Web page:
COVID-19 has already seen unprecedented state intervention in many economies, including the UK.
Public procurement amounts to approximately 14% of GDP spend in the UK. The outsourcing market in the UK is well developed across a wide range of infrastructure asset classes. A range of critical services are run by the private sector on behalf of the state, from railways through to secure accommodation and hospitals through PFI schemes.
Against the backdrop of a mass suspension of business activity in the UK, many contractors may find that the demand for their services has evaporated. The scale of the UK market means that public sector contracts are frequently amongst the largest that a supplier will deliver, sometimes exclusively.
The UK Government has responded to the risk of supplier insolvency or failure as a result of coronavirus. Two Procurement Policy Notes (PPNs) have just been published by Government: the first highlights potential flexibilities in the current procurement regime, and the second focuses on practical steps that should be taken by the public sector to support their supply chains.
This PPN reminds contracting authorities of the potential to, for example, (1) use accelerated procurement timescales for new urgent awards (2) direct awards under the exemption in regulation 32 Public Contracts Regulations 2015 (PCR 2015), (3) using existing framework agreements and (4) make variations to existing contracts in accordance with regulation 72 PCR 2015. There are corresponding provisions under the utilities regime.
Practically, it is important to remember that the PPN does not change the law. Particularly in the case of material changes to existing contracts, there is considerable case law and a comprehensive set of 'safe harbours' in the procurement rules. Any changes to contracts will need to be lawful and so will need to fall within the safe harbour protections.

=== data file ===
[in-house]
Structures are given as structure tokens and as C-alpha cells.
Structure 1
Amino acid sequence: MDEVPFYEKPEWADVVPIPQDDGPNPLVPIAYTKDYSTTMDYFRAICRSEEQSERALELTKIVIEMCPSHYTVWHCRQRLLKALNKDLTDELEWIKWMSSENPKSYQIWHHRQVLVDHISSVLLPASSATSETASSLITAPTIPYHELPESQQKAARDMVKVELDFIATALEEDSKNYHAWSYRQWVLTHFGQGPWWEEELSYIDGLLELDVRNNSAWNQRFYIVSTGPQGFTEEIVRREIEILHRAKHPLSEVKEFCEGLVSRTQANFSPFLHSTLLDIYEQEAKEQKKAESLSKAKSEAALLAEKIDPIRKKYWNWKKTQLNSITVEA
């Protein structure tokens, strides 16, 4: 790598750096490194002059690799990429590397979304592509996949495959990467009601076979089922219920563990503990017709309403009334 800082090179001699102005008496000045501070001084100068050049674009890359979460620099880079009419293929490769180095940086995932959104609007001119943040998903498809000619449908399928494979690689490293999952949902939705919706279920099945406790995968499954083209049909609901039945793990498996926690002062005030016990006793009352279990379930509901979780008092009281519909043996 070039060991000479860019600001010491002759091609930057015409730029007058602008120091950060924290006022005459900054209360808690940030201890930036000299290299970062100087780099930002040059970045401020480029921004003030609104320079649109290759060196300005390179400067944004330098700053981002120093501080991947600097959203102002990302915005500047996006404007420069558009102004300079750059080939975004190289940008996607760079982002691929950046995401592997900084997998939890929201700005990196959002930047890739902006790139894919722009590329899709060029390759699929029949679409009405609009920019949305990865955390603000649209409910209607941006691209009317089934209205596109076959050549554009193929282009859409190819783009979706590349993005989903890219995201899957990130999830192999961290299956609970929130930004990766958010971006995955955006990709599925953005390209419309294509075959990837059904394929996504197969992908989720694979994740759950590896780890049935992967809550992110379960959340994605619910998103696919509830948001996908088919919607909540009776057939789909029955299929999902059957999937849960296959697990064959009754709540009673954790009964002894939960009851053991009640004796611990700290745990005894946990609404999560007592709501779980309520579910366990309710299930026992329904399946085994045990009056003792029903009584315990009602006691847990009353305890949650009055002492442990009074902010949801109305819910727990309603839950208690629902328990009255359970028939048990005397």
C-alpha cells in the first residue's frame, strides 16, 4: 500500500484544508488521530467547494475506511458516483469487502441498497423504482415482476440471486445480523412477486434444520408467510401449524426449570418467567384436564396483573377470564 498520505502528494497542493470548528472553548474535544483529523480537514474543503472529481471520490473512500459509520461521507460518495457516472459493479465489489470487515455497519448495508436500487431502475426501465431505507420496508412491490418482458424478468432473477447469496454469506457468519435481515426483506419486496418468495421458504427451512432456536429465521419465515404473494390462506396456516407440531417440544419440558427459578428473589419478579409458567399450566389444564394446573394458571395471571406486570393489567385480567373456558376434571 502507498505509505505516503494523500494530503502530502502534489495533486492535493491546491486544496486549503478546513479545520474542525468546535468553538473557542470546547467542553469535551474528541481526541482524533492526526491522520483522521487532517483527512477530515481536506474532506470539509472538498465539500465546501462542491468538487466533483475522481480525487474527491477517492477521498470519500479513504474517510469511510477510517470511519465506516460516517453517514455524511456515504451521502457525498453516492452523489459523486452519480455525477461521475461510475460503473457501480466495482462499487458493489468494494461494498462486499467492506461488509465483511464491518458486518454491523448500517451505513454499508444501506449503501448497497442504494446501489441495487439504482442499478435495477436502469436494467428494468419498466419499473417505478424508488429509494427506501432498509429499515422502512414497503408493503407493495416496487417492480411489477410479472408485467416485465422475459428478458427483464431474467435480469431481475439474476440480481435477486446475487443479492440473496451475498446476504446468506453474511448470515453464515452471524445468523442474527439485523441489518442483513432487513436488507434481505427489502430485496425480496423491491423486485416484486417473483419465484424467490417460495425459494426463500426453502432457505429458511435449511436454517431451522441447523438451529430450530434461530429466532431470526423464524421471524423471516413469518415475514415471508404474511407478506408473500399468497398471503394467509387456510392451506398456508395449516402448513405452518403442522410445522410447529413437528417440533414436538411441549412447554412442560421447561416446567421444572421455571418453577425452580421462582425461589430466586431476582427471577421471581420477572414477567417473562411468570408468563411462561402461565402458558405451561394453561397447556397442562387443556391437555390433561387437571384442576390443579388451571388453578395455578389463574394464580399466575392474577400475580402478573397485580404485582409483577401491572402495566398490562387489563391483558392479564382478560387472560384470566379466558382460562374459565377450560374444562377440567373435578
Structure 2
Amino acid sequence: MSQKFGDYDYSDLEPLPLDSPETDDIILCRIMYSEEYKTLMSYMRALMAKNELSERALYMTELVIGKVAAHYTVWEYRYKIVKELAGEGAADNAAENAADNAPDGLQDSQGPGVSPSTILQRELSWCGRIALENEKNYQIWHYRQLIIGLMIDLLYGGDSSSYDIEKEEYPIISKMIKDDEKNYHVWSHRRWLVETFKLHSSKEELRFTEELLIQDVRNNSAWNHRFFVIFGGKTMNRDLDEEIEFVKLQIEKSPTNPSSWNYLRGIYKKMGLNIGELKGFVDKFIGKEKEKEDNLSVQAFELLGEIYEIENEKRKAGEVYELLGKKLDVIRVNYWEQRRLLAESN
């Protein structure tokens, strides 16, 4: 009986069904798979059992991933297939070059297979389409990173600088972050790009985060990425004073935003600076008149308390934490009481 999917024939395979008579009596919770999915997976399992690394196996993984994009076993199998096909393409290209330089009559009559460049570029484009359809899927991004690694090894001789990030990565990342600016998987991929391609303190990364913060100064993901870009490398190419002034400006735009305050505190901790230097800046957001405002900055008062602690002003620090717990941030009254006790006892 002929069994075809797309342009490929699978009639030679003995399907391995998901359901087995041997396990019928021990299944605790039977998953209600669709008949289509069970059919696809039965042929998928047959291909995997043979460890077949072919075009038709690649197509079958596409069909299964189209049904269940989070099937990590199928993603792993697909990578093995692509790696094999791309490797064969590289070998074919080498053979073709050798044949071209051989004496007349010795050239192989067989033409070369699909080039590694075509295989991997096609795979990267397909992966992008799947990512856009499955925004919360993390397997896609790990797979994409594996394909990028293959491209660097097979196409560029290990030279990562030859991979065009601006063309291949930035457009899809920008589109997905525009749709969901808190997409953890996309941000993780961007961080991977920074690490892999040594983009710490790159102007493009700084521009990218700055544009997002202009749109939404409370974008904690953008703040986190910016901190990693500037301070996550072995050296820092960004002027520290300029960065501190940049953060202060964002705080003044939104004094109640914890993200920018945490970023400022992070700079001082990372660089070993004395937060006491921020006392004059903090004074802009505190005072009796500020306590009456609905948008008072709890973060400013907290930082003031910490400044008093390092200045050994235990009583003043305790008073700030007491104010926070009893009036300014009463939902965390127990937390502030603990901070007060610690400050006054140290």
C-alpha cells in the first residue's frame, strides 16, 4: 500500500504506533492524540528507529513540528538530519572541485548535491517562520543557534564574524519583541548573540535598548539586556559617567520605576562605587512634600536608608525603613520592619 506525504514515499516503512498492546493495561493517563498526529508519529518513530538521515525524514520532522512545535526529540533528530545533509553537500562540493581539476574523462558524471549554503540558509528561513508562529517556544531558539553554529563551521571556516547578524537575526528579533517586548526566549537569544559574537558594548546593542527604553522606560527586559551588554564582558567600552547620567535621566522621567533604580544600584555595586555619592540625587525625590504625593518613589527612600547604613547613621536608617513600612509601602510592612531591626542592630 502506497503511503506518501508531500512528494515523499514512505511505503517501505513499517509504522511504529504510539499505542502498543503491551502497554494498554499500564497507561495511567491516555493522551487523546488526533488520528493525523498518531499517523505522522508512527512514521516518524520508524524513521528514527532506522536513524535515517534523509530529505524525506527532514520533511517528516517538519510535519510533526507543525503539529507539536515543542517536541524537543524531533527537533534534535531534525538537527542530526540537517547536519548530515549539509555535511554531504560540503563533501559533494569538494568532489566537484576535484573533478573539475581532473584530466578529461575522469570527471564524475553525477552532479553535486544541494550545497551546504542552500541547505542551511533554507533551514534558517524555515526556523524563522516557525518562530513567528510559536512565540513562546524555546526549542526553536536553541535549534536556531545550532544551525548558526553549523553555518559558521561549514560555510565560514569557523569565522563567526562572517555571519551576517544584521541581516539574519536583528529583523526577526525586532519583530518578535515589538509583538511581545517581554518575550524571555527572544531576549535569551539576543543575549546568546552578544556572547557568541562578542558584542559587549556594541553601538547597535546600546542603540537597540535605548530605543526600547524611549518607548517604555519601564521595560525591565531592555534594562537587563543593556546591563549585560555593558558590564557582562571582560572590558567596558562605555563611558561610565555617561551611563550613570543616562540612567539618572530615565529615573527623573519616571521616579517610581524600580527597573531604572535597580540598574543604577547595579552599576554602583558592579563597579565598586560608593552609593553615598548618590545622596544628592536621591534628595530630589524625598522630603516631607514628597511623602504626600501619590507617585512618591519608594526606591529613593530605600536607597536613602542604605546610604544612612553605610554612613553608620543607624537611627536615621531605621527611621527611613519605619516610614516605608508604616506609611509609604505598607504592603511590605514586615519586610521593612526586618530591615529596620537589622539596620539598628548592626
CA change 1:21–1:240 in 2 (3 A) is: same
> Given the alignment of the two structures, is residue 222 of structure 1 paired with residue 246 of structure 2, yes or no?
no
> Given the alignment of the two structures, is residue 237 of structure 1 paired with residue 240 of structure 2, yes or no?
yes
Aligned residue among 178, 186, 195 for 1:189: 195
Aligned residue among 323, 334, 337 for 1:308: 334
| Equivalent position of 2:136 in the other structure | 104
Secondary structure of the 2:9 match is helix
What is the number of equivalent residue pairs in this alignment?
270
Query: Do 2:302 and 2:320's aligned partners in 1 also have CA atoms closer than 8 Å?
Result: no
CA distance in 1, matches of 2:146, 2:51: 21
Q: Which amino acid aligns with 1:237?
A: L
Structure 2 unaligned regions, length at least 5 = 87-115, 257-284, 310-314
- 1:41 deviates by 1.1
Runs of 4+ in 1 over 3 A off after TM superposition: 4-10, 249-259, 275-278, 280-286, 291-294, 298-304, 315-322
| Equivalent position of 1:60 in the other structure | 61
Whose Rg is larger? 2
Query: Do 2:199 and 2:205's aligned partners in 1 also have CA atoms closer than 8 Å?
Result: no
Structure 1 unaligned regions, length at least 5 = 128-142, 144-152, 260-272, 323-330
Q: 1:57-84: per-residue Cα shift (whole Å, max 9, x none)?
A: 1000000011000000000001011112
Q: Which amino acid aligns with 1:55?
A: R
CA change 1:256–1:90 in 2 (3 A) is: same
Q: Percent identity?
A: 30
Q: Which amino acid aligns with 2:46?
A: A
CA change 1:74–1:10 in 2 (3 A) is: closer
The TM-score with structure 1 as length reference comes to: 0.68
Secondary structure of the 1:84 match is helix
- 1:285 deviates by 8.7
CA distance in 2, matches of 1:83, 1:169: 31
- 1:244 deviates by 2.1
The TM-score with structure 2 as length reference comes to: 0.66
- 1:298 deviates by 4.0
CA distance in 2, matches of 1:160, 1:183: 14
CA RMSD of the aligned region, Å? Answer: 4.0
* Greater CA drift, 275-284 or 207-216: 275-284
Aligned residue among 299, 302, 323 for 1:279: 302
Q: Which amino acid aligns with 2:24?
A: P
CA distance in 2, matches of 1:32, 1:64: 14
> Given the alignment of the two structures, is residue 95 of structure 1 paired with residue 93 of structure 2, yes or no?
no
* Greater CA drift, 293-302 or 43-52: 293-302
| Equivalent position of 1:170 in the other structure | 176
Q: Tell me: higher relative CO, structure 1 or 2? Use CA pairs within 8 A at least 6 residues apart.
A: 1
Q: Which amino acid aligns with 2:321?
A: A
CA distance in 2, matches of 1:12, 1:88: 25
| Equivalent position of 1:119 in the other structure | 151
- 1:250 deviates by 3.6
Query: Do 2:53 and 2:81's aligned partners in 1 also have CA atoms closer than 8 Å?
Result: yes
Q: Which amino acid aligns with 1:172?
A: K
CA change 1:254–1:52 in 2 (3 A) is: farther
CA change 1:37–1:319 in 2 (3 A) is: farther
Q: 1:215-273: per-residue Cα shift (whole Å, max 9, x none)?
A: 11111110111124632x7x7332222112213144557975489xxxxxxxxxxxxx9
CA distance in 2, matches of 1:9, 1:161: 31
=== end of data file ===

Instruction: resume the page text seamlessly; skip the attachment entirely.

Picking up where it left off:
Similarly, direct awards without prior publication of an OJEU notice (the regulation 32 PCR2015 exemption) is a narrow exception to the principle of opening up public contracts to competition, currently across the EU. Whilst there may be more scope currently to rely on one or more of the exemptions, there are powerful remedies rules which unhappy other suppliers could use to challenge incorrect classifications. The most common exemption here is likely to be that in regulation 32(2)(c) PCR2015, which allows direct awards "insofar as is strictly necessary where, for reasons of extreme urgency brought about by events unforeseeable by the contracting authority, the time limits for the open or restricted procedures or competitive procedures with negotiation cannot be complied with".
It will be essential for any contracting authorities to keep detailed records of the decision-making on individual contracts and to consider the legal procurement position before making the award. This is in addition to the procurement report which authorities must prepare under regulation 84 PCR 2015.